When Massachusetts State Senators Marc Pacheco (D) and Jamie Eldridge (D) plan something, they don’t go halfway.
As a bill introduced by Pacheco that would set interim targets for the state’s greenhouse gas goals has been making its way through Senate committee, Pacheco and Eldridge introduced a new draft, which folds in several other bills. S2302 goes well beyond the initial ambition with a range of policy fixes and new targets for state renewable energy policies.
S479, the initial bill, was already an important effort. Massachusetts’ landmark 2008 Global Warming Solutions Act mandated that the state must reduce its emissions 80% by 2050 from 1990 levels. But while the act required 25% emissions reductions by 2020, it set no specific interim targets for 2030 and 2040, which advocates say has allowed the state to delay meaningful action and fall off the path for the 2050 cuts.
S479 would have fixed this by setting 2030 and 2040 greenhouse gas reduction targets. However, the new version of the bill, S2302, goes well beyond that by substantially increasing the state’s renewable energy mandate, providing low-income rooftop and community solar the same benefits as municipal solar, and eliminating the state’s caps on net metering. It would also increase Massachusetts’ current requirement for energy storage deployment to 1,766 MW by 2025.
“The bill covers a range of priorities for our electricity sector,” notes John Rogers, a senior energy analyst at the Union of Concerned Scientists in a statement.
Massachusetts’ current Renewable Portfolio Standard (RPS) calls for 15% new renewables by 2020 and 1% for each year after, reaching a mere 25% by 2030. S2302 would increase this to 3% annually to put Massachusetts at more than 40% by 2030, which is not far behind the leading states of California and New York.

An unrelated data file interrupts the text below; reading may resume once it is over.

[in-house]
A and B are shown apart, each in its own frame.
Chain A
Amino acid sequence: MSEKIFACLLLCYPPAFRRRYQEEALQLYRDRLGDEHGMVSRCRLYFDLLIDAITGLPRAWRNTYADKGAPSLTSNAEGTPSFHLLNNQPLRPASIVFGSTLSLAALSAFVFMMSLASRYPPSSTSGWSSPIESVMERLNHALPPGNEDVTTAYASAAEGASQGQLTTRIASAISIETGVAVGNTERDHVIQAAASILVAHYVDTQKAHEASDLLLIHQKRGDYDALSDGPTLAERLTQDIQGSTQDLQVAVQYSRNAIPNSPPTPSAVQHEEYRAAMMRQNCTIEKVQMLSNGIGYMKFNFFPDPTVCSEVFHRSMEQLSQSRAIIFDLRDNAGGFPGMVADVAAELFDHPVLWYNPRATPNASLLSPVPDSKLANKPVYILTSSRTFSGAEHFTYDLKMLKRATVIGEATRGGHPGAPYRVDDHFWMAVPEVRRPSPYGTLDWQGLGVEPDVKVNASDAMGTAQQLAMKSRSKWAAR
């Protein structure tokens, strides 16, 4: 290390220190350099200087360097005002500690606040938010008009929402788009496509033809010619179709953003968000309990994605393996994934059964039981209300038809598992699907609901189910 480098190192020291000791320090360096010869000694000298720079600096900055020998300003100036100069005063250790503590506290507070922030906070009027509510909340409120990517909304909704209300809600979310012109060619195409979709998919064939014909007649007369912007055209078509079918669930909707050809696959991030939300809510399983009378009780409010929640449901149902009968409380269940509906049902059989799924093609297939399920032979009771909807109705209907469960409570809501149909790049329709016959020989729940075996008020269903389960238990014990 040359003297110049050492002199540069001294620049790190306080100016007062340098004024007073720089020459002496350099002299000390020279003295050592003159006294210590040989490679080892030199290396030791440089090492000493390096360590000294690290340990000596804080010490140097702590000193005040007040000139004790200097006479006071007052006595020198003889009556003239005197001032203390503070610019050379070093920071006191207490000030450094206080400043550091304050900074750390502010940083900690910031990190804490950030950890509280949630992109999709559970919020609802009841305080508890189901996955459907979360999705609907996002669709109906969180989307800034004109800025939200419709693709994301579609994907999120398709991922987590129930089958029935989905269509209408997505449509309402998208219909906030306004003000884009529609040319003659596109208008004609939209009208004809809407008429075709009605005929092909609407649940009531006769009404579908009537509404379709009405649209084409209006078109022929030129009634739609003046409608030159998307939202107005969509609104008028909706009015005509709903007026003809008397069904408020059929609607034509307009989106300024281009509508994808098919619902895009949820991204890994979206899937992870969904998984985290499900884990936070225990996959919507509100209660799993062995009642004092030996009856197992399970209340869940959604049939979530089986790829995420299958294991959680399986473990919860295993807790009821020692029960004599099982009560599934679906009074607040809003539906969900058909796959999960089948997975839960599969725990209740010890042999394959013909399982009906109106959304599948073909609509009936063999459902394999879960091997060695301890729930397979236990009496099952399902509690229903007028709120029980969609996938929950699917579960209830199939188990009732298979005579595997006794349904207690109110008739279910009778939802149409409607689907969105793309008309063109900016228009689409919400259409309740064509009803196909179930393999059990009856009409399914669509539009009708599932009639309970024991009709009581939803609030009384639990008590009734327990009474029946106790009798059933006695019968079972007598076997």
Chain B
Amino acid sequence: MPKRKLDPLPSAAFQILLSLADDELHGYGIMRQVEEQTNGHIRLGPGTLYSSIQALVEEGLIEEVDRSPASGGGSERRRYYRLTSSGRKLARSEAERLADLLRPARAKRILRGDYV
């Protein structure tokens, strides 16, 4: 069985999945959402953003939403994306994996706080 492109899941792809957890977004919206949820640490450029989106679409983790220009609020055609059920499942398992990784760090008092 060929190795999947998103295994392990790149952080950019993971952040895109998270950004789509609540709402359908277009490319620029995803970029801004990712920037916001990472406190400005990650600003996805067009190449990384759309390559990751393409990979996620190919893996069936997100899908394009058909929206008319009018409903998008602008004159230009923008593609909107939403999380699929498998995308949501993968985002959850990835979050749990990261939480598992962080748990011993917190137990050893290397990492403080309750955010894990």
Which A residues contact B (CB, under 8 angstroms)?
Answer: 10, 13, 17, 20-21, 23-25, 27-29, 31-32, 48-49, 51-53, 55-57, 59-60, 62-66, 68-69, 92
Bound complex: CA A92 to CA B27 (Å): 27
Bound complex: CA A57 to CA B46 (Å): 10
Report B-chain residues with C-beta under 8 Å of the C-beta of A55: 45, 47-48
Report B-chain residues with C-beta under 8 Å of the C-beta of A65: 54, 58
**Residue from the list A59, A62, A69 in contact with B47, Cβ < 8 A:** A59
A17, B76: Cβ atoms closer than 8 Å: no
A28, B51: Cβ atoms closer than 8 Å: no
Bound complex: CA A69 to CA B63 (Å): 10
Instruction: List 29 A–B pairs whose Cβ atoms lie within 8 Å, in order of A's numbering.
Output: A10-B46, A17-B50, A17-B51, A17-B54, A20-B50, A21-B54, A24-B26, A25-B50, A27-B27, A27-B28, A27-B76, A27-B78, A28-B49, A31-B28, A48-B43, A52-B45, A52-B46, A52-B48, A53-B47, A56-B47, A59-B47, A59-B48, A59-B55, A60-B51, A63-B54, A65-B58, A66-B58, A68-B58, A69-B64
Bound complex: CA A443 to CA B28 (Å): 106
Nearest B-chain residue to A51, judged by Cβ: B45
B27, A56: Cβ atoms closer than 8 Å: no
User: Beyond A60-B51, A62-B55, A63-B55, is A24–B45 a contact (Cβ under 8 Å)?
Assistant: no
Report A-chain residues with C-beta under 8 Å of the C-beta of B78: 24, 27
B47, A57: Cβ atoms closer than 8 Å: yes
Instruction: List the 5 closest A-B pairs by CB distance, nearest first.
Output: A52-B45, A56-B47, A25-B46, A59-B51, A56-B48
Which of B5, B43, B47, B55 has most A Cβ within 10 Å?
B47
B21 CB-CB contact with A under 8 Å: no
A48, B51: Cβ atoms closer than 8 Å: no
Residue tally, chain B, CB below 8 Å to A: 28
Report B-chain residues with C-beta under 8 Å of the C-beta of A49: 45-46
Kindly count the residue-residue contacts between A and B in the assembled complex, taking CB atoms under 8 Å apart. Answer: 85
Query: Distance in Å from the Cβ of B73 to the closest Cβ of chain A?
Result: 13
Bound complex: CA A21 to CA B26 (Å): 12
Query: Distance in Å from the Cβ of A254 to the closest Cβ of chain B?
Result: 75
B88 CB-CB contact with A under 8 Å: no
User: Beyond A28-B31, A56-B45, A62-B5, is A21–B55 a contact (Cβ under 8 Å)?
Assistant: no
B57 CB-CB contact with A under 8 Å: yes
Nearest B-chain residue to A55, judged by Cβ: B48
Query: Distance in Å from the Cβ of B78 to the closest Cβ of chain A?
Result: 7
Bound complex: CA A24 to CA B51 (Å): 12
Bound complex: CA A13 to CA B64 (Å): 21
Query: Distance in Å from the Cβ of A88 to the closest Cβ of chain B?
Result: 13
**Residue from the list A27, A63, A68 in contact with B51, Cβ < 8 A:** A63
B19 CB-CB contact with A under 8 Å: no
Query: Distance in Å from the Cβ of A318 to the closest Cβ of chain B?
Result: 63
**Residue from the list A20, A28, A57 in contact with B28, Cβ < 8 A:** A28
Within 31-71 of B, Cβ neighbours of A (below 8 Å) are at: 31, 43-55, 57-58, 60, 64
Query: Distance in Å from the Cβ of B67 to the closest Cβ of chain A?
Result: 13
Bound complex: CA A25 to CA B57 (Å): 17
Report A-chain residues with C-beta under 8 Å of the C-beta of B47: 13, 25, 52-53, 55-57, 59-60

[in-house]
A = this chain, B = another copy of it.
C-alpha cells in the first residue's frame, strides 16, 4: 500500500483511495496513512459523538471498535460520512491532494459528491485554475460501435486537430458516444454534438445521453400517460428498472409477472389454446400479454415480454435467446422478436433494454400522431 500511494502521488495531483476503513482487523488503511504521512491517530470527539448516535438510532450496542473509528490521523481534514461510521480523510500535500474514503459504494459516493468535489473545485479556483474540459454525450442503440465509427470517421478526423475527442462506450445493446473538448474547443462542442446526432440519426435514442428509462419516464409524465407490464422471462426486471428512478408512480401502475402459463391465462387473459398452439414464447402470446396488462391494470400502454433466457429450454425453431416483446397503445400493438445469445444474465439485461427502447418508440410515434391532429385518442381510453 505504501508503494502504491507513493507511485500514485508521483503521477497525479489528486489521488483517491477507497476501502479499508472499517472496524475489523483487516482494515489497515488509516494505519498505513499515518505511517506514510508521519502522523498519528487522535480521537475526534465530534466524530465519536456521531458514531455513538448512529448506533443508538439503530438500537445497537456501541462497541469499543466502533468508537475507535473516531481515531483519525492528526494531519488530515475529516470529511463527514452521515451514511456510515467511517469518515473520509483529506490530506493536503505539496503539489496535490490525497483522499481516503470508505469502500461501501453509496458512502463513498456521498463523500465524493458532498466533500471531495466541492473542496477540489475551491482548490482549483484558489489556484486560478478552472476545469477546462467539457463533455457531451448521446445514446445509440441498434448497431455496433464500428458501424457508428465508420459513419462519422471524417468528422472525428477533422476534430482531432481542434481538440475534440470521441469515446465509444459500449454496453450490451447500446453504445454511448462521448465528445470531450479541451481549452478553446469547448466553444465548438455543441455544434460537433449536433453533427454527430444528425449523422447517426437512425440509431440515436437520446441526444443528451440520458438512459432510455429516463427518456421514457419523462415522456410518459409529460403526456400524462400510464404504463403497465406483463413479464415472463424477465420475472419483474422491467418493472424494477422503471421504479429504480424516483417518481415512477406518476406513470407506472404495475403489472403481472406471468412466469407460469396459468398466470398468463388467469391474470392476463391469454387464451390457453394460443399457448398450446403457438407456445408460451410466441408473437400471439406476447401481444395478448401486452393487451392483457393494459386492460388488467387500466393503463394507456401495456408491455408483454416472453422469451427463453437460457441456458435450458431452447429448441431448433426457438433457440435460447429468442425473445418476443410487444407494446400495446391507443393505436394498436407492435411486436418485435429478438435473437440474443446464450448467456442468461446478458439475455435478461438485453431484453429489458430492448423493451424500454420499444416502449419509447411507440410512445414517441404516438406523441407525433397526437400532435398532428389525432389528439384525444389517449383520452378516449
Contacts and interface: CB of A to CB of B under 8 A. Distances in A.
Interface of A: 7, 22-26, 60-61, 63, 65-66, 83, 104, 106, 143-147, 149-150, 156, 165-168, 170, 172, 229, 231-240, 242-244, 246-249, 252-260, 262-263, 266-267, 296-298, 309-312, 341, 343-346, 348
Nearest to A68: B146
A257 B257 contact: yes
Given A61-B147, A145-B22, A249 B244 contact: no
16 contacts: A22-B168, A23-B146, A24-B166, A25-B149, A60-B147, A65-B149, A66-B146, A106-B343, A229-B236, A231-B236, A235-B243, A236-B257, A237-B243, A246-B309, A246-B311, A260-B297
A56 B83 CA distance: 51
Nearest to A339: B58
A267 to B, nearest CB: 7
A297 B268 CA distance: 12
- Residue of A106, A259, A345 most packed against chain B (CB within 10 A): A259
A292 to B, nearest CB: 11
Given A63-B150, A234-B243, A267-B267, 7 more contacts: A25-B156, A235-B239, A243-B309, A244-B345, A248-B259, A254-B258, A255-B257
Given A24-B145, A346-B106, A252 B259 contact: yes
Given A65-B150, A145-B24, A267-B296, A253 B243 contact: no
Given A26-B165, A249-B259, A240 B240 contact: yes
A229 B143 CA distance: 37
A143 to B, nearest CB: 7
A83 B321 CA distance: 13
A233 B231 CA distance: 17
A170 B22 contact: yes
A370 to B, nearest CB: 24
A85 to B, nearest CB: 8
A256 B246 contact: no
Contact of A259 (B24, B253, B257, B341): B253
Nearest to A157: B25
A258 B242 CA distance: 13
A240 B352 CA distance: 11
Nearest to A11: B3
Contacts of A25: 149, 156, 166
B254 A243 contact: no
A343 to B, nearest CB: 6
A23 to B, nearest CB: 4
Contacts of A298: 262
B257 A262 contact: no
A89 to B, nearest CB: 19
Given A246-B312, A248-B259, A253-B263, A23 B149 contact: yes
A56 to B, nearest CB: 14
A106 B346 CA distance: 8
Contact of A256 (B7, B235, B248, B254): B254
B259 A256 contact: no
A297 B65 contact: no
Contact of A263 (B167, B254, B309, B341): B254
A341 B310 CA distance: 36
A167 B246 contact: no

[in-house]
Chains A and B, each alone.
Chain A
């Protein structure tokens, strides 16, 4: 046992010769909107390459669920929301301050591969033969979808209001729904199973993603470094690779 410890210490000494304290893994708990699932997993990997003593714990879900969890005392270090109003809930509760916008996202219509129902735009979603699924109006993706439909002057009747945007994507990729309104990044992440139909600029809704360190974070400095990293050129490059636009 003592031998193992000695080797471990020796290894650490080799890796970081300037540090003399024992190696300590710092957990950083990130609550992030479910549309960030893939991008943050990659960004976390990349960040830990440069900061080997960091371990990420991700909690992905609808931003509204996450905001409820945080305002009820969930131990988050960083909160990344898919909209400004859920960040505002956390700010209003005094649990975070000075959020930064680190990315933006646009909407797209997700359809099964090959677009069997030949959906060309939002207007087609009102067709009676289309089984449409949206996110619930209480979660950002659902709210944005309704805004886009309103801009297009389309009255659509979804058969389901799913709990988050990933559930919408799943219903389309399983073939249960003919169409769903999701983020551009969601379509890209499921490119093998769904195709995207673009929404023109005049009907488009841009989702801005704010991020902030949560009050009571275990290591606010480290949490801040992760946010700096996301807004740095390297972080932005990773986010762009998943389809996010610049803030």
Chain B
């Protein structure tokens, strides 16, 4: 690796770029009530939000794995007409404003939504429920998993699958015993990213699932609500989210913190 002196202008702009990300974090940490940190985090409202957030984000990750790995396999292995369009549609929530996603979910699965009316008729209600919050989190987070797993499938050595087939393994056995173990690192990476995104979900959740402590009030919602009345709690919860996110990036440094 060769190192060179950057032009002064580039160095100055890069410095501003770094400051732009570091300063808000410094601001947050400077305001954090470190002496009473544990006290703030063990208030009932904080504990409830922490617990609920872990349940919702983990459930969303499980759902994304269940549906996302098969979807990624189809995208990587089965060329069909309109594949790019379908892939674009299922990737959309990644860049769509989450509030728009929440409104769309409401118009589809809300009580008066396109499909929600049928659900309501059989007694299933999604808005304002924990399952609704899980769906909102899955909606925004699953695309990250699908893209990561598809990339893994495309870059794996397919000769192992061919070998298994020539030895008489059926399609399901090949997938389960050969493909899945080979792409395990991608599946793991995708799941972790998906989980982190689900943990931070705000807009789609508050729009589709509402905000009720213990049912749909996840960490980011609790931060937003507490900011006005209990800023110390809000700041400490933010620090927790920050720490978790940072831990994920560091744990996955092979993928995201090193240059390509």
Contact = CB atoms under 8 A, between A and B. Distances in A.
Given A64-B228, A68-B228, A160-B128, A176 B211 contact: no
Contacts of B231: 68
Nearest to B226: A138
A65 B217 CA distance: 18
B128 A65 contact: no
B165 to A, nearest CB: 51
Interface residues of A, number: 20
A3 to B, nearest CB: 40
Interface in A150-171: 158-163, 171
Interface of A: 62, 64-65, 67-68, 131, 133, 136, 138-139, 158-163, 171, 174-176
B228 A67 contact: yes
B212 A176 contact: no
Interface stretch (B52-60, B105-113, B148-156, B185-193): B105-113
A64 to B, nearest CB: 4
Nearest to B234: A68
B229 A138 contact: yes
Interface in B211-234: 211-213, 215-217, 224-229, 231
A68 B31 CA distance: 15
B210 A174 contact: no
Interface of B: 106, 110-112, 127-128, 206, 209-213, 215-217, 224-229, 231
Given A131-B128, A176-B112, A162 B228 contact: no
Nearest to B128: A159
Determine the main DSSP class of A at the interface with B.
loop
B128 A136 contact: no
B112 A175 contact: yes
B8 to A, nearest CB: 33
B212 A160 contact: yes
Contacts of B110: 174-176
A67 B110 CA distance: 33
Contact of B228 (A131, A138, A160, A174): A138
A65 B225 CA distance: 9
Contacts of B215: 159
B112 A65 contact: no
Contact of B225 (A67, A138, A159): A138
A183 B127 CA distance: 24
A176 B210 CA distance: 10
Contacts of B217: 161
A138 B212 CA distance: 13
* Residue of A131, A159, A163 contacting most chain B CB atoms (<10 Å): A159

As if all of this were not enough, the plan calls for a cap-and-invest program on transportation fuels, which would be used to fund clean fuel technologies, and incentives and investments in public electric vehicle charging. Oh – and it also sets a goal for 5 GW of offshore wind.
It is unclear what the prospects for this highly ambitious bill are either in the Massachusetts House, which has been reluctant to take action on clean energy, or with Massachusetts Governor Charlie Baker (R). The bill has been reported from the committee on Global Warming and Climate Change, and is expected to go next to the committee on Ways and Means.
After that, it must pass both chambers of Massachusetts’ legislature before it comes before Massachusetts governor Charlie Baker. Each of these may pose challenges for such ambitious legislation.
“I think that there is a lot of excitement around energy this year,” Vote Solar Northeast Regional Director Sean Garren told pv magazine. “I think there are a lot of things in this bill that may have trouble in the House and in parts of the Senate.”
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